Australian researchers are using liquid metals to develop a “bacteria-destroying” technology they hope will be the answer to antibiotic resistance.
It works by shredding bacteria and the bacterial biofilm in which they thrive without harming good cells, the team from RMIT University reports in a paper in the journal ACS Nano.
When exposed to a low-intensity magnetic field, tiny droplets of liquid metal change shape and develop sharp edges. When placed in contact with a bacterial biofilm, these edges break down the biofilm and physically rupture the bacterial cells.
In their study, the researchers tested the effectiveness of the approach against two types of bacterial biofilms (Gram-positive and Gram-negative).
After 90 minutes of exposure, both were destroyed and 99% of the bacteria were dead, they report. Importantly, laboratory tests showed the droplets did not affect human cells.
Co-author Aaron Elbourne, from RMIT’s Nanotechnology Laboratory, says the spread of drug-resistant superbugs and the growth of bacterial biofilm infections that can no longer be treated with existing antibiotics is a global health issue.
As such, we need to rethink how we fight bacterial infections.
“Bacteria are incredibly adaptable and over time they develop defences to the chemicals used in antibiotics, but they have no way of dealing with a physical attack,” he says.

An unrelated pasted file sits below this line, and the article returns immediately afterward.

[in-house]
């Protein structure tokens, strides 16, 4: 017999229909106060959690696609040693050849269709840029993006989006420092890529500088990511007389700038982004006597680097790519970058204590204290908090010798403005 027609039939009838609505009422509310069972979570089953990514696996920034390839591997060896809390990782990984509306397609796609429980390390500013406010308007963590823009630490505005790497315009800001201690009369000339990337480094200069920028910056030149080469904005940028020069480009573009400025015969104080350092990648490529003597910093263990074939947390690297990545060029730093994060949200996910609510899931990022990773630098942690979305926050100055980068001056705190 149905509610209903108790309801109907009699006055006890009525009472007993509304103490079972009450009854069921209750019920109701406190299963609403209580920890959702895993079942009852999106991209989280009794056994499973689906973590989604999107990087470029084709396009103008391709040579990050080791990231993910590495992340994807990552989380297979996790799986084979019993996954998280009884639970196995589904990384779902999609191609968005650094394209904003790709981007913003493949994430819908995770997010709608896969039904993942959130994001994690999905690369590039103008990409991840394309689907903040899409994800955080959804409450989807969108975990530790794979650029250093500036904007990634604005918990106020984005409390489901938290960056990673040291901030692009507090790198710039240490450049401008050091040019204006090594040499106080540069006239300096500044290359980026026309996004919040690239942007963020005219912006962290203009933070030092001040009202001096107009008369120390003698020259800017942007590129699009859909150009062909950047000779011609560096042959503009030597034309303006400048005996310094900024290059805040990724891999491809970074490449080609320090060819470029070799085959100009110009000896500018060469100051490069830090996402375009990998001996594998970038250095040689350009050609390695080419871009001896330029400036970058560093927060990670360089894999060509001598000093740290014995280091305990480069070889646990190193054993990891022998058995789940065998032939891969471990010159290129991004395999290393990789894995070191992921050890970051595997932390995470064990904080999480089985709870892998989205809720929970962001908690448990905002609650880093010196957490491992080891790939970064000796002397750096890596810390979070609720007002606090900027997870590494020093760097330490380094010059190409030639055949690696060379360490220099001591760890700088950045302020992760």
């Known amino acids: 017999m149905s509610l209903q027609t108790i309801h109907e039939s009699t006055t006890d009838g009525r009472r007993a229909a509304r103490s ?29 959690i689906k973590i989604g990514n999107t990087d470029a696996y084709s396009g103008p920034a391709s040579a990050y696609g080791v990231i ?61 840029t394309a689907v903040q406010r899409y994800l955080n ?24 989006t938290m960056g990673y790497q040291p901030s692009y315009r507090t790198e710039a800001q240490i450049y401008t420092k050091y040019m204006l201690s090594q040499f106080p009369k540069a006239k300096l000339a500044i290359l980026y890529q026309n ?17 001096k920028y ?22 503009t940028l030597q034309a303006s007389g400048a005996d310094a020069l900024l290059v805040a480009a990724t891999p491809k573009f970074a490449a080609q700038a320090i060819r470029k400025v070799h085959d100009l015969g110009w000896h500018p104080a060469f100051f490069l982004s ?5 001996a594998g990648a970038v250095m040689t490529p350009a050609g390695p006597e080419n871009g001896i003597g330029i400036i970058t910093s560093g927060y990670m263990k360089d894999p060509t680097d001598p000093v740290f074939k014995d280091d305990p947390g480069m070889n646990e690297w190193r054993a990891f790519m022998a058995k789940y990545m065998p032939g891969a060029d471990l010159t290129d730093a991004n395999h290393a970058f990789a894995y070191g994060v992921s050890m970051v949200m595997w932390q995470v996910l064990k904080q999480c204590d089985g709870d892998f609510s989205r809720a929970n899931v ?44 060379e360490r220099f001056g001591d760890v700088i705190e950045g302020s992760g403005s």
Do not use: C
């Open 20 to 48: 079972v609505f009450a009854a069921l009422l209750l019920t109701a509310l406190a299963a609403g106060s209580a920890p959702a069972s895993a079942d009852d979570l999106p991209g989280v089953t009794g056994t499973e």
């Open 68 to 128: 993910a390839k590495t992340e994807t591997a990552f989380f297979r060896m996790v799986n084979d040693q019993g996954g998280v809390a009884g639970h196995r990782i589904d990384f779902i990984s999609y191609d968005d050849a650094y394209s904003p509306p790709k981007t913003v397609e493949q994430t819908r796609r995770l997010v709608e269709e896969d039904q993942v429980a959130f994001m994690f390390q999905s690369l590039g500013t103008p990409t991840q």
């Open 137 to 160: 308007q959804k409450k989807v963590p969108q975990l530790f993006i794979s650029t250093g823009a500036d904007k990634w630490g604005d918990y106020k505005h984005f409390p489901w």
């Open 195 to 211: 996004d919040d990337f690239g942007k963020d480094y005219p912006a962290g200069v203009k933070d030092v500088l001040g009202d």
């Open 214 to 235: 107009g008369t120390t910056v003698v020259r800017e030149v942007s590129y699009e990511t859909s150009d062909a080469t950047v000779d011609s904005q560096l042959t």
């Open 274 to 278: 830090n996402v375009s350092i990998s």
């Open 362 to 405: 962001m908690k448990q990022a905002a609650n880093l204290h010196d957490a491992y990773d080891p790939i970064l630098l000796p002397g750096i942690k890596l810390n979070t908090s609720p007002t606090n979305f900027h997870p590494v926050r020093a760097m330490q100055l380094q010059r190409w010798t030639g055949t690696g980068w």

“Our method uses precision-engineered liquid metals to physically rip bacteria to shreds and smash through the biofilm where bacteria live and multiply.”
Colleague Vi Khanh Truong says the technology is versatile and potentially could be used in a range of ways to treat infections.
“It could be used as a spray coating for implants, to make them powerfully antibacterial and reduce the high rates of infection for procedures like hip and knee replacements,” he says.
“There’s also potential to develop this into an injectable treatment that could be used at the site of infection.”
The next stage for the research – testing the effectiveness of the technology in pre-clinical animal trials – is underway.
The team also plans to explore how it could be adapted for other uses, such as treating fungal infections, breaking through cholesterol plaques or being injected directly into cancer cells.
The work involves collaboration with researchers from the CSIRO and the ARC Centre of Excellence in Convergent Bio-Nano Science and Technology in Australia, and North Carolina State University in the US.
Nick Carne is the editor of Cosmos Online and editorial manager for The Royal Institution of Australia.
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